The reasons why wealth needs to be subject to additional taxation has been discussed in another Tax After Coronavirus (TACs) post, with all links being supplied there and so it will not be repeated here.

What was also discussed in that post was that the necessary short term changes to wealth taxation fall into three groups. They are, firstly, to equalise tax rates on equivalent sources of income or allowances. Second, it is by reconsidering those things that should be taxed that are not but might be if the goal of greater equality is to be achieved, and vice versa. In other words, those parts of available tax bases subject to exemptions and reliefs need to be reviewed. Third, it is about creating a more progressive tax system by changing tax rates without challenging, as far as possible, the first objective.

An investment income surcharge

There is a major problem within the UK tax system as a result of the fundamentally different levels of tax paid on income from work and income from investments.

The difference results from the fact that the UK has throughout the whole post-war era had a social security system that is supposedly funded by national insurance contributions (NIC). The reality is that NIC does not fund that social security system now: NIC is now simply a tax, However, the suggestion that this is both a form of insurance and that contributions from those in employment are required as a result has persisted despite that fact. As a consequence an anomaly has been created within the UK tax system.

A detailed numerical explanation of the consequences arising from this disparity is hard to provide, precisely because the NIC system is complex, and rates vary heavily across income scales. However, for employees broadly speaking NIC is paid at 12% on the equivalent of earnings between £9,500 and £50,000 per annum from each employment, and at 2% on earnings above that sum whilst employers pay NIC at 13.8% on the earnings of their employees over the equivalent of £8,788 per annum. Investment income suffers no such charges.

As example of the resulting disparity, assuming £40,000 is available to pay a recipient to whom it is owed, then comparing the tax due on that sum if paid as a salary or as investment income produces the following comparison:

The example is indicative. It is also the case that if the investment income is from dividends a different tax regime applies, and the tax rates can be slightly higher, but are still less than those on labour.  The point, however, is very clear, and is that earnings from employment are substantially more heavily taxed than are those from investment income.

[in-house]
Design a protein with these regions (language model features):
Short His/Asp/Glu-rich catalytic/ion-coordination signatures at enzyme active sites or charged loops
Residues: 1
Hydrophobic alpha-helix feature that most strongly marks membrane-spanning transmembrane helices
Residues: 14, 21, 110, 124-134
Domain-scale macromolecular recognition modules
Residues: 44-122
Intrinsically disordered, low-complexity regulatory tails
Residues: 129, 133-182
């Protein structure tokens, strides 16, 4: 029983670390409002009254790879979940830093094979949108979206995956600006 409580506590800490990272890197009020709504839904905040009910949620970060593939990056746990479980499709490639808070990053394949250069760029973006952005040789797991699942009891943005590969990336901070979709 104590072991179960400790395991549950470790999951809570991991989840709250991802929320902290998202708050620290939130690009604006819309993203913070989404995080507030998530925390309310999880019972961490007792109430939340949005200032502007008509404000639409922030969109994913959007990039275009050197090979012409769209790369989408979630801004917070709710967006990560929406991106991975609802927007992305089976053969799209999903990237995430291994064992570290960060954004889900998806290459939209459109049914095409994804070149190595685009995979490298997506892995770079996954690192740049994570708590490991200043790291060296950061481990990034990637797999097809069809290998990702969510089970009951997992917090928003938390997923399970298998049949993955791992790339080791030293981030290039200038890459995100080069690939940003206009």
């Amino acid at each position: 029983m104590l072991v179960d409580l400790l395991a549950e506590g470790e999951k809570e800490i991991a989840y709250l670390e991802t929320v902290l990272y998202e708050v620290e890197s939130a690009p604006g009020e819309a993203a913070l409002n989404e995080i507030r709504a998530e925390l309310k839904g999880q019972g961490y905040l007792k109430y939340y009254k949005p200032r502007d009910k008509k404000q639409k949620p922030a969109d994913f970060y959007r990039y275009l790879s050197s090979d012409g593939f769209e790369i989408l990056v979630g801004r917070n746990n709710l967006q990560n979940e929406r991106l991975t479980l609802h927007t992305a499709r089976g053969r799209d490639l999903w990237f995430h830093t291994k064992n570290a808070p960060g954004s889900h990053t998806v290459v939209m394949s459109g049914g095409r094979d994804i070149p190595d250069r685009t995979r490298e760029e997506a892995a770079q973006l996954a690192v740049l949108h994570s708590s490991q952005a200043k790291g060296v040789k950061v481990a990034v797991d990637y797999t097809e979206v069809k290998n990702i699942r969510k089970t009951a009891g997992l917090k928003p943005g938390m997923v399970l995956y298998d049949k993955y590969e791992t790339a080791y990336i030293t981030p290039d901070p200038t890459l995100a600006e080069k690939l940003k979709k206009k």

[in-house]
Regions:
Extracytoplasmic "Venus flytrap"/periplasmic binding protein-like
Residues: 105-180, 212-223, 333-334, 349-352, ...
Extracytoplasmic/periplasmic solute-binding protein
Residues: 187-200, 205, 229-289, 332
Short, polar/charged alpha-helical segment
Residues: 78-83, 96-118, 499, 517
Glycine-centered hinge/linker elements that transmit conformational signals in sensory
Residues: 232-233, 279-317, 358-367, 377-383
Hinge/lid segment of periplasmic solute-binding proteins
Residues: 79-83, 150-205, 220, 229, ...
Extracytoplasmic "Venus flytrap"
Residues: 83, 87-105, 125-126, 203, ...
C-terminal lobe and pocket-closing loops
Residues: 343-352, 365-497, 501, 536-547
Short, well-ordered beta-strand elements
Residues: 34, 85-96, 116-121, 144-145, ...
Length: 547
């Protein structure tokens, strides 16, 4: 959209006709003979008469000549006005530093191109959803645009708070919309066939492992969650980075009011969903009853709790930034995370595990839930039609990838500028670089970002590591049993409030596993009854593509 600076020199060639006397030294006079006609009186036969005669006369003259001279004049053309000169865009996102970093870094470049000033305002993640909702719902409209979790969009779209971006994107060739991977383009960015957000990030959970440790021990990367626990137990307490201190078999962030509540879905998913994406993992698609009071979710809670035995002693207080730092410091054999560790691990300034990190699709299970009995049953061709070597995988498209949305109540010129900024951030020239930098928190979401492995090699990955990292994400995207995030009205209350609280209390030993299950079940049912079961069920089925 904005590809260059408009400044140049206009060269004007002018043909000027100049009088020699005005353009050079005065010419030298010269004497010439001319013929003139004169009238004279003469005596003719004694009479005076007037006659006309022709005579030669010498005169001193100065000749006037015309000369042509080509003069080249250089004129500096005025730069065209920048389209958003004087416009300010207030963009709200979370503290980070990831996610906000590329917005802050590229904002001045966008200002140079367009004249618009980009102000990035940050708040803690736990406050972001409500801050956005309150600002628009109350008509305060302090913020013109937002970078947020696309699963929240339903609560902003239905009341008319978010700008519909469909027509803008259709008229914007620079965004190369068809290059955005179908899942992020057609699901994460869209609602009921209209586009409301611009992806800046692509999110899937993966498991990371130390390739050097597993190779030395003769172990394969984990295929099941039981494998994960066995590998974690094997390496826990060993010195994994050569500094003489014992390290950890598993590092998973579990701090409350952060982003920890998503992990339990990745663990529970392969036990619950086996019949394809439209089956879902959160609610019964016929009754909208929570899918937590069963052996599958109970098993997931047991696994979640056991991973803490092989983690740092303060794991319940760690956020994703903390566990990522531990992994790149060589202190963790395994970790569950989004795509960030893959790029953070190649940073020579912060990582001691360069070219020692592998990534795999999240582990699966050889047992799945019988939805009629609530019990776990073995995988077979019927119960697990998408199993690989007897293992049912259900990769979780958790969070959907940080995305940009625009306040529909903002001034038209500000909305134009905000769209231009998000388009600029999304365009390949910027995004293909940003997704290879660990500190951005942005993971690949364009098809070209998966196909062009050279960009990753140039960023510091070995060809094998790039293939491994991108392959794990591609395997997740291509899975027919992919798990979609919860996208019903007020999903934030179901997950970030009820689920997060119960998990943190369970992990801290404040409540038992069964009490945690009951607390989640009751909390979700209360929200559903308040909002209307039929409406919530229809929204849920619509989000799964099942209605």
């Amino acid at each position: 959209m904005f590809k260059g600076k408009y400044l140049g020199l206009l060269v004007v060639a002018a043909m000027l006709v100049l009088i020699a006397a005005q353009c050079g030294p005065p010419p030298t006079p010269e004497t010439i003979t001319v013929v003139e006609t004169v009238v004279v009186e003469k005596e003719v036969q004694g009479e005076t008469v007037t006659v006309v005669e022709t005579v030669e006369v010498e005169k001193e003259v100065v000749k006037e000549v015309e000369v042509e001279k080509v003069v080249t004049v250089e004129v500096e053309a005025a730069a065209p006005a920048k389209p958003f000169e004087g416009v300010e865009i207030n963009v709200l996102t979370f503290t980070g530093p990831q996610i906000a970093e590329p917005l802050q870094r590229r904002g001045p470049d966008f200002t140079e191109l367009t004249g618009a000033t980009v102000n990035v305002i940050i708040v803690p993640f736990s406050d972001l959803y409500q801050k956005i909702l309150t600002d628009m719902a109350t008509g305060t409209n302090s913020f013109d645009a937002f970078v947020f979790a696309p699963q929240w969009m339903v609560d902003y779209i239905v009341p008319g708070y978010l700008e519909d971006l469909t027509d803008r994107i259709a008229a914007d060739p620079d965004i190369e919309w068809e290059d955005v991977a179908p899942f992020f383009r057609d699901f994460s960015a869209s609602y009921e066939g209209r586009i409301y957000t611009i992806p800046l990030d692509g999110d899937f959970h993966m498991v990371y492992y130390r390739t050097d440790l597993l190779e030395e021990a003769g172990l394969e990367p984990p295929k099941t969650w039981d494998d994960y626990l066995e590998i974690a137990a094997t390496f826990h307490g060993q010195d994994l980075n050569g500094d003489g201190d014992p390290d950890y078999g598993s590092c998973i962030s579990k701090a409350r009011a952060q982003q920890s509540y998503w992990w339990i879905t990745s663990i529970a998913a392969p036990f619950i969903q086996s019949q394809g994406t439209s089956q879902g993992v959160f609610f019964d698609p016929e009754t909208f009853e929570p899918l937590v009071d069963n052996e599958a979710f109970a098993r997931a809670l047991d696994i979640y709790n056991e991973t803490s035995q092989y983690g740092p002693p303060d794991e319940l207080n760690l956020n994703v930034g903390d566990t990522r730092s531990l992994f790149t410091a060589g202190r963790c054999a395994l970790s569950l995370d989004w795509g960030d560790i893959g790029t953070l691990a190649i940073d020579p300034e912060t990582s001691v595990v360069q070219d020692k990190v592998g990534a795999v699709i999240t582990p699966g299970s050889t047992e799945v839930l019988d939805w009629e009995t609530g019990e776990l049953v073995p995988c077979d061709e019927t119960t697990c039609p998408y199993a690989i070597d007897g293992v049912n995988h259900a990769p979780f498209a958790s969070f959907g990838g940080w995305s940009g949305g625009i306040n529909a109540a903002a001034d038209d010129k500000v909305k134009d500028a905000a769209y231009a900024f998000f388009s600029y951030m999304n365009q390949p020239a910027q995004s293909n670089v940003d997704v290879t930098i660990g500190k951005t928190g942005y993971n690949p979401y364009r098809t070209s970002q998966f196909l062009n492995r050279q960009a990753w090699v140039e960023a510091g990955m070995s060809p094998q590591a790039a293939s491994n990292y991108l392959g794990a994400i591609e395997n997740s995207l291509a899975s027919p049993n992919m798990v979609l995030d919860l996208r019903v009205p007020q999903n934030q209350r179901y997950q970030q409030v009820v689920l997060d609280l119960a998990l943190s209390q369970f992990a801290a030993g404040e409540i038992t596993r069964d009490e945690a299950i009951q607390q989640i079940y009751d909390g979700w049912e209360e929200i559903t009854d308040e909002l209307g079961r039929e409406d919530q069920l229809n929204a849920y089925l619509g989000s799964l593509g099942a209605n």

For a very long time the UK tax system addressed this issue. Until 1973 the solution was called surtax: an additional tax rate on the wealthiest. Thereafter as the Institute for Fiscal Studies noted in 2002 (and note, this quotation has been edited to highlight the relevant points):

In 1973, the system was overhauled, integrating the surtax on high incomes, which dated back to 1911, into the main income tax and simplifying the operation of the rate structure. During the 1973 reform, the very top rate of income tax on earnings was left at 75 per cent. In 1974, the top rate on earnings was actually increased, to 83 per cent.

Throughout these years, the highest feasible rate on investment income was higher still.  These very high tax rates became the focus for discontent over the possible disincentive effects of taxation, even though they affected very few individuals and the theoretical impact on labour supply was ambiguous.

As they noted of the investment income surcharge:

The investment income surcharge [was] an additional income tax charge on unearned income. As this had a maximum rate of 15 per cent, in the second half of the 1970s it combined with the 83 per cent top main income tax rate to give a top feasible marginal rate of 98 per cent on unearned income. Very few individuals were actually charged at this marginal rate. The investment income surcharge was abolished in 1984.

Tax rates had, of course, fallen by 1984, to a maximum 60% rate, excluding this charge.

Since 1984 the bias in favour of unearned has existed.

It could easily be corrected. If, as data shows, those who derive their income from increases in wealth or returns from it are taxed a great deal more lightly than are those who derive all their income from work, then the reintroduction of an investment income surcharge makes a gear deal of sense.

The way in which HMRC supplies data on income tax paid on investment income makes it very difficult to estimate how much additional tax would be due as a result of this change in rate, not least because some figures are stated net of allowances. However, for 2016-17, which is the most recent year for which much of the data is available, investment income was as follows:

Total investment income for those earning over £50,000 was £45 billion. If an investment income surcharge for all those below the age of 60 (when retirement becomes more commonplace) of 15% on all investment income exceeding £2,000 a year was introduced a significant step towards addressing this imbalance would have been created. The yield might exceed £4 billion, but some variation is possible and would require better data before any estimate could be refined.


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